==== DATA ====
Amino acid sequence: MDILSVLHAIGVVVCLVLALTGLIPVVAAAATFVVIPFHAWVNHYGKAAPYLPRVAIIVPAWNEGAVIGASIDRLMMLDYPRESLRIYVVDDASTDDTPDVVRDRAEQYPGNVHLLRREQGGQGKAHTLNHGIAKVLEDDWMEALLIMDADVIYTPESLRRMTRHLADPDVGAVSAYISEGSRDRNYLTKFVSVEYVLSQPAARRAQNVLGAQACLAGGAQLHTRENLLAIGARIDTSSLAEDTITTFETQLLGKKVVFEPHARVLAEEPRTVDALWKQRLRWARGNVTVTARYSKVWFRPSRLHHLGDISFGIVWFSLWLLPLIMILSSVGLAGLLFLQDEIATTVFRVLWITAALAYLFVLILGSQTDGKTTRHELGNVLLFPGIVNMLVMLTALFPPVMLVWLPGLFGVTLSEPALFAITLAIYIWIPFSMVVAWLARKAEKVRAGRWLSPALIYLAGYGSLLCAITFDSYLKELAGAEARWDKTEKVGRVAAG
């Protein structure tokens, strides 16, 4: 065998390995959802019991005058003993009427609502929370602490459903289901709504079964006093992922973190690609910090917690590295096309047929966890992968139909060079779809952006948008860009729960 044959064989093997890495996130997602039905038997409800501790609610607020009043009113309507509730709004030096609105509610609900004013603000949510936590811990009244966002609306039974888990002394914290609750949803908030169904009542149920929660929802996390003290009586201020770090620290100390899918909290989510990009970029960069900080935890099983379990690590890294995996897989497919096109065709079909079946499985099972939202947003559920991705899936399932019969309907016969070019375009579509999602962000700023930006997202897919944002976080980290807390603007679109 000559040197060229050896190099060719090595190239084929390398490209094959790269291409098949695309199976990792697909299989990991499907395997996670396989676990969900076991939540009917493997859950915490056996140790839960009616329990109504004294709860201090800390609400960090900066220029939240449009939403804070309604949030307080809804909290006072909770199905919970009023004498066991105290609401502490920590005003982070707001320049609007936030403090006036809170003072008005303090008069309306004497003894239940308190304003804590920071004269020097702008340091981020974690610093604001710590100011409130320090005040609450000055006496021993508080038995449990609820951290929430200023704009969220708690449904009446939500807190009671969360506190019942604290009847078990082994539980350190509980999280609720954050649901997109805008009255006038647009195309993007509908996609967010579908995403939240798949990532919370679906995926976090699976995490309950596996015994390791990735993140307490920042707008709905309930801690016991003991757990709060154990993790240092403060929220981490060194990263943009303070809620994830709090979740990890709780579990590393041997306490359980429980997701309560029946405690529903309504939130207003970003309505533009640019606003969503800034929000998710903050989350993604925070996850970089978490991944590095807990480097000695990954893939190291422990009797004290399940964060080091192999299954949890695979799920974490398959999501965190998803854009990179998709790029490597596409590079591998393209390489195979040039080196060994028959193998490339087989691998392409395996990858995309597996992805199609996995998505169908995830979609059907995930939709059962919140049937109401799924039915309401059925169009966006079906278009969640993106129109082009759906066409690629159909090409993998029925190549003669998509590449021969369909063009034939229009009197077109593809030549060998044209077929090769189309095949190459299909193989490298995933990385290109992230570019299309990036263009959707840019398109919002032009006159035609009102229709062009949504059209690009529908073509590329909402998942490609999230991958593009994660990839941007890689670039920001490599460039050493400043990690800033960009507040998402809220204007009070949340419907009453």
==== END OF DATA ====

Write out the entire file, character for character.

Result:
Amino acid sequence: MDILSVLHAIGVVVCLVLALTGLIPVVAAAATFVVIPFHAWVNHYGKAAPYLPRVAIIVPAWNEGAVIGASIDRLMMLDYPRESLRIYVVDDASTDDTPDVVRDRAEQYPGNVHLLRREQGGQGKAHTLNHGIAKVLEDDWMEALLIMDADVIYTPESLRRMTRHLADPDVGAVSAYISEGSRDRNYLTKFVSVEYVLSQPAARRAQNVLGAQACLAGGAQLHTRENLLAIGARIDTSSLAEDTITTFETQLLGKKVVFEPHARVLAEEPRTVDALWKQRLRWARGNVTVTARYSKVWFRPSRLHHLGDISFGIVWFSLWLLPLIMILSSVGLAGLLFLQDEIATTVFRVLWITAALAYLFVLILGSQTDGKTTRHELGNVLLFPGIVNMLVMLTALFPPVMLVWLPGLFGVTLSEPALFAITLAIYIWIPFSMVVAWLARKAEKVRAGRWLSPALIYLAGYGSLLCAITFDSYLKELAGAEARWDKTEKVGRVAAG
């Protein structure tokens, strides 16, 4: 065998390995959802019991005058003993009427609502929370602490459903289901709504079964006093992922973190690609910090917690590295096309047929966890992968139909060079779809952006948008860009729960 044959064989093997890495996130997602039905038997409800501790609610607020009043009113309507509730709004030096609105509610609900004013603000949510936590811990009244966002609306039974888990002394914290609750949803908030169904009542149920929660929802996390003290009586201020770090620290100390899918909290989510990009970029960069900080935890099983379990690590890294995996897989497919096109065709079909079946499985099972939202947003559920991705899936399932019969309907016969070019375009579509999602962000700023930006997202897919944002976080980290807390603007679109 000559040197060229050896190099060719090595190239084929390398490209094959790269291409098949695309199976990792697909299989990991499907395997996670396989676990969900076991939540009917493997859950915490056996140790839960009616329990109504004294709860201090800390609400960090900066220029939240449009939403804070309604949030307080809804909290006072909770199905919970009023004498066991105290609401502490920590005003982070707001320049609007936030403090006036809170003072008005303090008069309306004497003894239940308190304003804590920071004269020097702008340091981020974690610093604001710590100011409130320090005040609450000055006496021993508080038995449990609820951290929430200023704009969220708690449904009446939500807190009671969360506190019942604290009847078990082994539980350190509980999280609720954050649901997109805008009255006038647009195309993007509908996609967010579908995403939240798949990532919370679906995926976090699976995490309950596996015994390791990735993140307490920042707008709905309930801690016991003991757990709060154990993790240092403060929220981490060194990263943009303070809620994830709090979740990890709780579990590393041997306490359980429980997701309560029946405690529903309504939130207003970003309505533009640019606003969503800034929000998710903050989350993604925070996850970089978490991944590095807990480097000695990954893939190291422990009797004290399940964060080091192999299954949890695979799920974490398959999501965190998803854009990179998709790029490597596409590079591998393209390489195979040039080196060994028959193998490339087989691998392409395996990858995309597996992805199609996995998505169908995830979609059907995930939709059962919140049937109401799924039915309401059925169009966006079906278009969640993106129109082009759906066409690629159909090409993998029925190549003669998509590449021969369909063009034939229009009197077109593809030549060998044209077929090769189309095949190459299909193989490298995933990385290109992230570019299309990036263009959707840019398109919002032009006159035609009102229709062009949504059209690009529908073509590329909402998942490609999230991958593009994660990839941007890689670039920001490599460039050493400043990690800033960009507040998402809220204007009070949340419907009453």